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Invisible bullet holes in killed soldiers


Posters have often commented on what they thought were unrealistic aspects of COMBAT!, some of which were obvious and legitimate, such as, using American tanks to pose as German tanks (given the lack of real German tanks in Hollywood), and the fact that the show lasted five seasons and yet chronologically takes place within a narrow time period of WWII, between late June and late August, 1944 since nearly all the episodes show summertime. Autumn of 1944 was the wettest on living memory in history and in September the defeated Germans were in full retreat.

The most glaring omission I still see is the lack of bullet holes in German and American soldiers shot and killed. I watched one episode yesterday where SGT Saunders and several of his squad rescue a captured American colonel. They ambush the two German vehicle convoy, disabling both motor cars. The Germans put up a stout fight but all are shot and killed. One German, a driver, stands up in the car with his back to the Americans. There are the sounds of M1 Garands and a BAR firing. The German jerks as if being hit by several bullets and he falls over. But his back is so clearly visible and there are NO bullet holes and wounds. This was incredulous. It was common Hollywood practice to rig up bullet holes in actors. The most common was to tape a thin metal plate on the actor's body. The thin metal plate held several, spaced, tiny explosives. Very thin wires, well concealed to the plate detonated the explosives and showed the effect of bullet holes appearing through the actor's clothing. It was effective, if not totally 100% realistic because if one looked closely they could see the tiny explosions exploding outward along with the edges of the bullet holes in the clothing. But at least it looked real enough. But I read that often COMBAT! ran on an economical budget.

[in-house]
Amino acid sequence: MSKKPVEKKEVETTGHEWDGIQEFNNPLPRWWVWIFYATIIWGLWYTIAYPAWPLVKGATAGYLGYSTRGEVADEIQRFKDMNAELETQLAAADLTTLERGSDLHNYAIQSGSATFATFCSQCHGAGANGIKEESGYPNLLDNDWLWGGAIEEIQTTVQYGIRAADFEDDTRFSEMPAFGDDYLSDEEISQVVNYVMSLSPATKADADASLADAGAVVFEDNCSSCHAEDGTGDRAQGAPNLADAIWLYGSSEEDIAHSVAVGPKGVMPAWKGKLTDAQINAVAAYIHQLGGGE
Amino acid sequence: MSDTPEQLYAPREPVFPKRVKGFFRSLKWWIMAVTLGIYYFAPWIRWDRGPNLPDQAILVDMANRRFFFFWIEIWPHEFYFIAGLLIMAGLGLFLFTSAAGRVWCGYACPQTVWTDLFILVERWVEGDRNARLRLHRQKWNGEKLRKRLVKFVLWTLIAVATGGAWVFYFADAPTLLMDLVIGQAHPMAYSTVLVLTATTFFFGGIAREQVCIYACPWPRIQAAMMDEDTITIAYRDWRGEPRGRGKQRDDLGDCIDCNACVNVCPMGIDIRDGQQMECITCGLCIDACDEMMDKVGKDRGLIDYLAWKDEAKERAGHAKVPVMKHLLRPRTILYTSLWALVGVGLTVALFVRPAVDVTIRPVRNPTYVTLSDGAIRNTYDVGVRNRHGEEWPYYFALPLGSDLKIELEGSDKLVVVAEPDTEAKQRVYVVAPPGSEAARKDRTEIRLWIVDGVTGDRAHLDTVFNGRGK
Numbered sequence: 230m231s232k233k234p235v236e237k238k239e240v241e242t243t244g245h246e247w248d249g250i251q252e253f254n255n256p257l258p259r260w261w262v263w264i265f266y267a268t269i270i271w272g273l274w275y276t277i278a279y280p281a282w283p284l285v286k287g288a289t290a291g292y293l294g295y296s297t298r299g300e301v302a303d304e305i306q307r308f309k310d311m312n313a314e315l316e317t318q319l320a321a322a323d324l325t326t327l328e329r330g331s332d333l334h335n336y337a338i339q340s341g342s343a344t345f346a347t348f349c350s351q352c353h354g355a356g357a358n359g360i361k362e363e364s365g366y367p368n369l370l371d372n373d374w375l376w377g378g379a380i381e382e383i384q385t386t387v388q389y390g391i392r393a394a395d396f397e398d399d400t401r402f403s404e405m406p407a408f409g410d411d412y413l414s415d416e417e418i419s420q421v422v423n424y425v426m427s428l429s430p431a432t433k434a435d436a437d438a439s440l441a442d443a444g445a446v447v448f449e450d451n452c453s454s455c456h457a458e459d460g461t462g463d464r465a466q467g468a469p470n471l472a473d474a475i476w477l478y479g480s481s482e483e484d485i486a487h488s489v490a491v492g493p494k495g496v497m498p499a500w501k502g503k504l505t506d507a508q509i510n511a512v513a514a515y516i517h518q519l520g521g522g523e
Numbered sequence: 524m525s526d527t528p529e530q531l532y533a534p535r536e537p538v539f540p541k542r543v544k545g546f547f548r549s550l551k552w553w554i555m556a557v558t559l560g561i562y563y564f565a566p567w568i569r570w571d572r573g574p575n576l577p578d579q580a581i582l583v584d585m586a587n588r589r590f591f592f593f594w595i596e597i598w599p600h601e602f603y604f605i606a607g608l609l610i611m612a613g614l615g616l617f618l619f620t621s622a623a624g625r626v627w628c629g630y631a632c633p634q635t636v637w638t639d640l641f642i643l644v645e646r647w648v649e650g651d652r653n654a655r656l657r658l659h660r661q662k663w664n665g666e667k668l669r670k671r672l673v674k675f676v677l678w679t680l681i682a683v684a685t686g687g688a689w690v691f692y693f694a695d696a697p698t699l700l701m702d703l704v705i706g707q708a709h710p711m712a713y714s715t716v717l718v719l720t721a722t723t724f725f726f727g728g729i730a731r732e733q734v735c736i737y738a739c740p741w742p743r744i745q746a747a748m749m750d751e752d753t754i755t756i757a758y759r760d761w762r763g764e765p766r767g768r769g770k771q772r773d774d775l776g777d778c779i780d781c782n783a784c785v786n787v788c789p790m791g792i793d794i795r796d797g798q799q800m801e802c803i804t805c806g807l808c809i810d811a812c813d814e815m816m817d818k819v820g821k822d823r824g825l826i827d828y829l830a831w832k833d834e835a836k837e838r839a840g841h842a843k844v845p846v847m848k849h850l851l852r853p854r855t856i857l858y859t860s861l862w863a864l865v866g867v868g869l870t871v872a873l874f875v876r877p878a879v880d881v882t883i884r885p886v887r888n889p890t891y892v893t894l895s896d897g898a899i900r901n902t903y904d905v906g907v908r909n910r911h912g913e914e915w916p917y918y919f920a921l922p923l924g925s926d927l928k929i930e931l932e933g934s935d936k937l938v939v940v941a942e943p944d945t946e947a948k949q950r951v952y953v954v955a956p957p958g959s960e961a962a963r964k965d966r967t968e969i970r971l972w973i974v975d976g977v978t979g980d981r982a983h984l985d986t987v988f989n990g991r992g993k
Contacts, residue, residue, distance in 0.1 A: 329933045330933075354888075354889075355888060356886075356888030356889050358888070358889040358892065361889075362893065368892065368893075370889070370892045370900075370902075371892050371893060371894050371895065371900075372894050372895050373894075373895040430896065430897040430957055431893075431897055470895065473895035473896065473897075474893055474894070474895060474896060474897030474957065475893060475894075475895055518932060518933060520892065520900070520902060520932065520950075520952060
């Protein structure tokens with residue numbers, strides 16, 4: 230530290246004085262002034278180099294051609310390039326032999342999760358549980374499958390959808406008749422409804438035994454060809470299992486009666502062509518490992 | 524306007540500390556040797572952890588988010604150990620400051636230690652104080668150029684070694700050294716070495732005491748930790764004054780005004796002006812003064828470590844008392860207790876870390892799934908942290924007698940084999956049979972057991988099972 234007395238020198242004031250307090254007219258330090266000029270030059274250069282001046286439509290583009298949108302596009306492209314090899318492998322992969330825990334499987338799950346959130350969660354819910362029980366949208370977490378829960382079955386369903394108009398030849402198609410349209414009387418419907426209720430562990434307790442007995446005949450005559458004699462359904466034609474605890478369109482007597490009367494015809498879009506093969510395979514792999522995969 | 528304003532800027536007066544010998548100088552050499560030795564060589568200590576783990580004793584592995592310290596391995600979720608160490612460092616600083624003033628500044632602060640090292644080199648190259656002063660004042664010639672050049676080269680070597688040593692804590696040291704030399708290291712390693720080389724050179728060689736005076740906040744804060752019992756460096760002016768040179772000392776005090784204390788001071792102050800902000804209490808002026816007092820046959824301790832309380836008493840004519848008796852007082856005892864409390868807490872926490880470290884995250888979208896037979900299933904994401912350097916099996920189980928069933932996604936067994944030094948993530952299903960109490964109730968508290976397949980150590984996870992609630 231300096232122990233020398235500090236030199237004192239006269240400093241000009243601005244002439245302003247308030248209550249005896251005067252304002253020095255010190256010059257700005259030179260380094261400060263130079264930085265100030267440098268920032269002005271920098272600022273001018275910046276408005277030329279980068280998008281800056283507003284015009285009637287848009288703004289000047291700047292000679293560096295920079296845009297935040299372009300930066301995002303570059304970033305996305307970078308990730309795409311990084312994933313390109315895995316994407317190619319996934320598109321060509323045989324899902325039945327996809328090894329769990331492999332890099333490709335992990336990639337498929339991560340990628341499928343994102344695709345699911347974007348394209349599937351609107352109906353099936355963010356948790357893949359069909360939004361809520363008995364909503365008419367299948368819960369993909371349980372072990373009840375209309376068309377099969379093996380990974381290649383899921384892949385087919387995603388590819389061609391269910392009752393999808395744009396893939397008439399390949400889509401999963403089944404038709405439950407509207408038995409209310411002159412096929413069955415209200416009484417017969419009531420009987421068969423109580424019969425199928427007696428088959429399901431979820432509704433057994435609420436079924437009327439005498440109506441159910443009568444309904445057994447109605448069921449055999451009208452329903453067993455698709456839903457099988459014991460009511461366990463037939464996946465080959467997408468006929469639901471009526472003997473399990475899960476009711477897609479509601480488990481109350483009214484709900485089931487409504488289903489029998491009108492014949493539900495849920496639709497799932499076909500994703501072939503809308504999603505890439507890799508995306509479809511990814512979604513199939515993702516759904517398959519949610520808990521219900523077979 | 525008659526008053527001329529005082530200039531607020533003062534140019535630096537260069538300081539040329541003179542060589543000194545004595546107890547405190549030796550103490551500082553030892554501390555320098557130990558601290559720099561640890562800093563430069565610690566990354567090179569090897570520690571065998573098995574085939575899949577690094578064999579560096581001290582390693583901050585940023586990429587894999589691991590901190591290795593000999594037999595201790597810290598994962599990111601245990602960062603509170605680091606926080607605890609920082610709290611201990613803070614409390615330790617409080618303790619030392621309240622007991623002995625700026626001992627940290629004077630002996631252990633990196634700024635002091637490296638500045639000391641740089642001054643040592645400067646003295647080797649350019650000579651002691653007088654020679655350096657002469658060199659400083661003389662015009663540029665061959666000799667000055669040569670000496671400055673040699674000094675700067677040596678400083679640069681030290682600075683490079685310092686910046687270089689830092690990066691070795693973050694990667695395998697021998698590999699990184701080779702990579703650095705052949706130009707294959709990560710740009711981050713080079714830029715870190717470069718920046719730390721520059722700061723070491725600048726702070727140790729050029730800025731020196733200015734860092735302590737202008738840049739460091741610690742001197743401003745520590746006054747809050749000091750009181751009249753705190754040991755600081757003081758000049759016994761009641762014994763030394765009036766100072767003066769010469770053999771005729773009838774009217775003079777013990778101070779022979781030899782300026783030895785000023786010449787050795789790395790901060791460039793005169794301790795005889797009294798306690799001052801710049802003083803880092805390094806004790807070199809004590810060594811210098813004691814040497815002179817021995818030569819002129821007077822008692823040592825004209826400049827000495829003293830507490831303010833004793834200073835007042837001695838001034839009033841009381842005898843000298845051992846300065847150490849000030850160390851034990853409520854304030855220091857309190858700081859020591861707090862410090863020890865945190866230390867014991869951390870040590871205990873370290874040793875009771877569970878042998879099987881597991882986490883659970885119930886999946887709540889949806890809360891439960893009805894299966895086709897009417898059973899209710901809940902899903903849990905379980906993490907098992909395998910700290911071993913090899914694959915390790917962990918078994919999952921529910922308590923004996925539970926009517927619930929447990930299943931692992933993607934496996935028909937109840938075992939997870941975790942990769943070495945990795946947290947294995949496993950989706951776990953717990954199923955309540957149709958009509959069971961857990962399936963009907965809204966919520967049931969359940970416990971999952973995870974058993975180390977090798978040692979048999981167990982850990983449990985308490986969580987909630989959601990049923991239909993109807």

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Absence of bullet holes in shot actors was commonplace in movies prior to the late 1960s. On television shows, it persisted a few years longer. They had the technology, but they still had reservations about grossing out the audience. They still had this funny idea that the story, not the traumatic medical details, was the main thing.

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The earliest bullet hit with blood or "squib" as they are known, that I think I've seen was in the battle against river pirates in the 1962 movie "How the West Was Won". Once someone told me there was an earlier example of their use, but I forget which movie. They did not really become commonplace until after Bonnie & Clyde in 1968.

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